The US and Russia are on opposite sides in the Syrian war, but they hope to find common ground in fighting IS jihadists. Also on tap, tensions in Ukraine are rising after Russia accused Kiev of interfering in Crimea.
US Secretary of State John Kerry will discuss the crises in Syria and Ukraine when he meets his Russian counterpart Sergei Lavrov in Geneva on Friday.
The two governments have been holding talks in recent weeks, seeking commonality in the fight against Islamic State (IS) militants in Syria.
The two men spoke by phone on Wednesday and discussed Syria, specifically the surge of violence in the second city of Aleppo, according to a statement put out by the Russian foreign ministry.
Kerry and Lavrov discussed "the prospects of coordinating Russian and US actions to fight terrorism" and "the need to draw a boundary line between Syrian opposition forces orientated towards Washington and terrorist groups that hide behind them," according to a statement released by the Russian foreign ministry.
US State Department spokesman John Kirby said "other issues" will also be on the agenda when the two men meet.
The fighting in Syria is now further complicated by Turkey's new military offensive into Syria with the aim of pushing IS jihadists out of the Syrian border town of Jarabulus.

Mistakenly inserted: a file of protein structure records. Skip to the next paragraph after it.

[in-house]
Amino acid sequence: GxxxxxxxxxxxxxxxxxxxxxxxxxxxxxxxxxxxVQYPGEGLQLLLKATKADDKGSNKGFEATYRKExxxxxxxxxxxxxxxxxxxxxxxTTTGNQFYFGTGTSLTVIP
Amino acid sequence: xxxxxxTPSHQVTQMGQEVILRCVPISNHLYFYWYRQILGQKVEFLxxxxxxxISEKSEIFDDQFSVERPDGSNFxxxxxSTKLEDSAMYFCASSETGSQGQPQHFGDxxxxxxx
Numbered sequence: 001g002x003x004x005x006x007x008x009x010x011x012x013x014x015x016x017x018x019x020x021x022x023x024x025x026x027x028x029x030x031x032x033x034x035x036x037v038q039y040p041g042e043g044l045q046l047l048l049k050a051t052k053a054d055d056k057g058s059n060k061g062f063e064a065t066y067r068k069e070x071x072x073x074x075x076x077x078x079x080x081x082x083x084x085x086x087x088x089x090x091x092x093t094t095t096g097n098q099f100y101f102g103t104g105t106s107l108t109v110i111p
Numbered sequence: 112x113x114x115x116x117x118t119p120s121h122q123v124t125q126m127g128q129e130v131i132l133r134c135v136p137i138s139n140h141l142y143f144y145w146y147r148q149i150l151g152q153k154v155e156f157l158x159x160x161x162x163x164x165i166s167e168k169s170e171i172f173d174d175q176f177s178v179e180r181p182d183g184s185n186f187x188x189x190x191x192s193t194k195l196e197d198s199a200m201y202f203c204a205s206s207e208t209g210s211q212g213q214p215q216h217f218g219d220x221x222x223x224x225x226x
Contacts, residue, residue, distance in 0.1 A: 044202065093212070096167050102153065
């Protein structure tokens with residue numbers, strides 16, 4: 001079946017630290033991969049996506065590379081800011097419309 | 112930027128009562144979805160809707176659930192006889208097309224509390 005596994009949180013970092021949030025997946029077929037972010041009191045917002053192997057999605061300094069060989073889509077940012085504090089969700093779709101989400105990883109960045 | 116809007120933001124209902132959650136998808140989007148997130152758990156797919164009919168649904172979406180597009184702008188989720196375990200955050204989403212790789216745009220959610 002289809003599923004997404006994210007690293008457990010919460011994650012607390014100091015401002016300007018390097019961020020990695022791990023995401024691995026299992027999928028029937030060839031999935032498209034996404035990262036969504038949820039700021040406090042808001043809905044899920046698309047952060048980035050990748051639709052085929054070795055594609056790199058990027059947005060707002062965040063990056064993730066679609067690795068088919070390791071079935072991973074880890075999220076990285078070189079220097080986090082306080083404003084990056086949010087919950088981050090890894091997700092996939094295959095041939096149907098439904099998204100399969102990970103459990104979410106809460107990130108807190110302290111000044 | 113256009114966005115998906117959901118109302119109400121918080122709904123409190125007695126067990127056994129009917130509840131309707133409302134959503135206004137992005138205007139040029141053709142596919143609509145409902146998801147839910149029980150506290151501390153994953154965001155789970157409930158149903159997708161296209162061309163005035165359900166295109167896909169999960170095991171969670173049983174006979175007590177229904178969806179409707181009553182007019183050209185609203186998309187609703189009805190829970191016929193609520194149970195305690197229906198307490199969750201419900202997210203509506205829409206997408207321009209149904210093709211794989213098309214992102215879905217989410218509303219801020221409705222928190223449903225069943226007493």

Turkey, which opposes the Syrian regime of Bashar al Assad, is getting air support from the US, its NATO ally.
Tensions rise in Ukraine
On Ukraine, the US supports the pro-Western government in Kiev and has led sanctions against Moscow for annexing the Crimea in 2014 and supporting pro-Russian separatists in eastern Ukraine.
Tensions between Russia and Ukraine are surging again after Russian President Vladimir Putin accused the Ukraine of attempting a military assault in Crimea.
Speaking with Kerry on Wednesday, Lavrov "urged the US to use its influence on Kiev to warn it against provocations and incite it to dialogue" with the rebels in eastern Ukraine, the Russian foreign ministry said.
The two men also discussed Syria on Wednesday, "including the situation around Aleppo where the (Syrian) government forces, with the support of the Russian military, have been carrying a humanitarian operation," according to the Russian ministry.
The United Nations has proposed a 48-hour humanitarian ceasefire in Aleppo to allow aid deliveries and the evacuation of the wounded from the divided city of 2 million that is also short on food and water.
So far no progress has been made on that proposal.
bik/jil (AFP, Reuters)